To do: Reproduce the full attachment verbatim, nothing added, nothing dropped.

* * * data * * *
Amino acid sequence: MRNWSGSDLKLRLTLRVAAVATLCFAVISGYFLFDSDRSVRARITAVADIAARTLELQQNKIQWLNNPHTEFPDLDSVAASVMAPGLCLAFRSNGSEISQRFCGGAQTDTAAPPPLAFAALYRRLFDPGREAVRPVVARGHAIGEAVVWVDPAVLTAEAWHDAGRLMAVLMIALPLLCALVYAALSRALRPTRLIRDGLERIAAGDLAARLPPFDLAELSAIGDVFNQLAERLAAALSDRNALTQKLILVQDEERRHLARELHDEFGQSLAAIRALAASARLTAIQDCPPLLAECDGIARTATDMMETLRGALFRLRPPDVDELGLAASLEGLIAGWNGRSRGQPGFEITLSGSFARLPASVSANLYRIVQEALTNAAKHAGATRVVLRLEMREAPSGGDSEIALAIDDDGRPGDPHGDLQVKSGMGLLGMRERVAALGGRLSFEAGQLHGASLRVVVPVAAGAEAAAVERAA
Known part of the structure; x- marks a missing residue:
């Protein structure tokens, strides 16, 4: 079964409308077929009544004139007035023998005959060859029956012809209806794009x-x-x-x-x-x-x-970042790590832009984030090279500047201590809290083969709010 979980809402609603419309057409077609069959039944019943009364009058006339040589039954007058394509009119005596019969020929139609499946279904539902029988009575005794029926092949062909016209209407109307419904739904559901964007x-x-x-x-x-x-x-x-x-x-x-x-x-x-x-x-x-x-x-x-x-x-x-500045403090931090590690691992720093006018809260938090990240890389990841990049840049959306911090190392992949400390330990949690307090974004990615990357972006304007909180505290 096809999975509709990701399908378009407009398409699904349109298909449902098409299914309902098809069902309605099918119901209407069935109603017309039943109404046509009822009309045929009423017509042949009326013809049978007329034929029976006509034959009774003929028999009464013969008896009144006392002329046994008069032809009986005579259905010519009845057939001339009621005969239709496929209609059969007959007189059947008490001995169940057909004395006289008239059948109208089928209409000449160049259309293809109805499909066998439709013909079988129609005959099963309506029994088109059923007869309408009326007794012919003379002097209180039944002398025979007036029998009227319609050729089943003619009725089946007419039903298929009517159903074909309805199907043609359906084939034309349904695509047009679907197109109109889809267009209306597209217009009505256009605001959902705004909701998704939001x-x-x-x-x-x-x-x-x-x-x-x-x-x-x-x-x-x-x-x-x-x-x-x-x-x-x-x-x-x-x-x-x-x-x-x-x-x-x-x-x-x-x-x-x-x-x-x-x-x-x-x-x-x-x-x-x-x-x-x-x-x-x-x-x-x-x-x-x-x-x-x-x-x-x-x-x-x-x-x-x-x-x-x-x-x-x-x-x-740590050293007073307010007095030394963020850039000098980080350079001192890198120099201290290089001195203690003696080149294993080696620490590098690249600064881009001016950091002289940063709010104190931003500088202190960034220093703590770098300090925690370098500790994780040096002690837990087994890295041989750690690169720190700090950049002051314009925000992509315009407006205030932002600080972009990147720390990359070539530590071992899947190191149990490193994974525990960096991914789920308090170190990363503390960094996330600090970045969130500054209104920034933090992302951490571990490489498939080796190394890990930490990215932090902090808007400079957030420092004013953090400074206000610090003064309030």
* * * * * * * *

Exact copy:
Amino acid sequence: MRNWSGSDLKLRLTLRVAAVATLCFAVISGYFLFDSDRSVRARITAVADIAARTLELQQNKIQWLNNPHTEFPDLDSVAASVMAPGLCLAFRSNGSEISQRFCGGAQTDTAAPPPLAFAALYRRLFDPGREAVRPVVARGHAIGEAVVWVDPAVLTAEAWHDAGRLMAVLMIALPLLCALVYAALSRALRPTRLIRDGLERIAAGDLAARLPPFDLAELSAIGDVFNQLAERLAAALSDRNALTQKLILVQDEERRHLARELHDEFGQSLAAIRALAASARLTAIQDCPPLLAECDGIARTATDMMETLRGALFRLRPPDVDELGLAASLEGLIAGWNGRSRGQPGFEITLSGSFARLPASVSANLYRIVQEALTNAAKHAGATRVVLRLEMREAPSGGDSEIALAIDDDGRPGDPHGDLQVKSGMGLLGMRERVAALGGRLSFEAGQLHGASLRVVVPVAAGAEAAAVERAA
Known part of the structure; x- marks a missing residue:
């Protein structure tokens, strides 16, 4: 079964409308077929009544004139007035023998005959060859029956012809209806794009x-x-x-x-x-x-x-970042790590832009984030090279500047201590809290083969709010 979980809402609603419309057409077609069959039944019943009364009058006339040589039954007058394509009119005596019969020929139609499946279904539902029988009575005794029926092949062909016209209407109307419904739904559901964007x-x-x-x-x-x-x-x-x-x-x-x-x-x-x-x-x-x-x-x-x-x-x-500045403090931090590690691992720093006018809260938090990240890389990841990049840049959306911090190392992949400390330990949690307090974004990615990357972006304007909180505290 096809999975509709990701399908378009407009398409699904349109298909449902098409299914309902098809069902309605099918119901209407069935109603017309039943109404046509009822009309045929009423017509042949009326013809049978007329034929029976006509034959009774003929028999009464013969008896009144006392002329046994008069032809009986005579259905010519009845057939001339009621005969239709496929209609059969007959007189059947008490001995169940057909004395006289008239059948109208089928209409000449160049259309293809109805499909066998439709013909079988129609005959099963309506029994088109059923007869309408009326007794012919003379002097209180039944002398025979007036029998009227319609050729089943003619009725089946007419039903298929009517159903074909309805199907043609359906084939034309349904695509047009679907197109109109889809267009209306597209217009009505256009605001959902705004909701998704939001x-x-x-x-x-x-x-x-x-x-x-x-x-x-x-x-x-x-x-x-x-x-x-x-x-x-x-x-x-x-x-x-x-x-x-x-x-x-x-x-x-x-x-x-x-x-x-x-x-x-x-x-x-x-x-x-x-x-x-x-x-x-x-x-x-x-x-x-x-x-x-x-x-x-x-x-x-x-x-x-x-x-x-x-x-x-x-x-x-740590050293007073307010007095030394963020850039000098980080350079001192890198120099201290290089001195203690003696080149294993080696620490590098690249600064881009001016950091002289940063709010104190931003500088202190960034220093703590770098300090925690370098500790994780040096002690837990087994890295041989750690690169720190700090950049002051314009925000992509315009407006205030932002600080972009990147720390990359070539530590071992899947190191149990490193994974525990960096991914789920308090170190990363503390960094996330600090970045969130500054209104920034933090992302951490571990490489498939080796190394890990930490990215932090902090808007400079957030420092004013953090400074206000610090003064309030």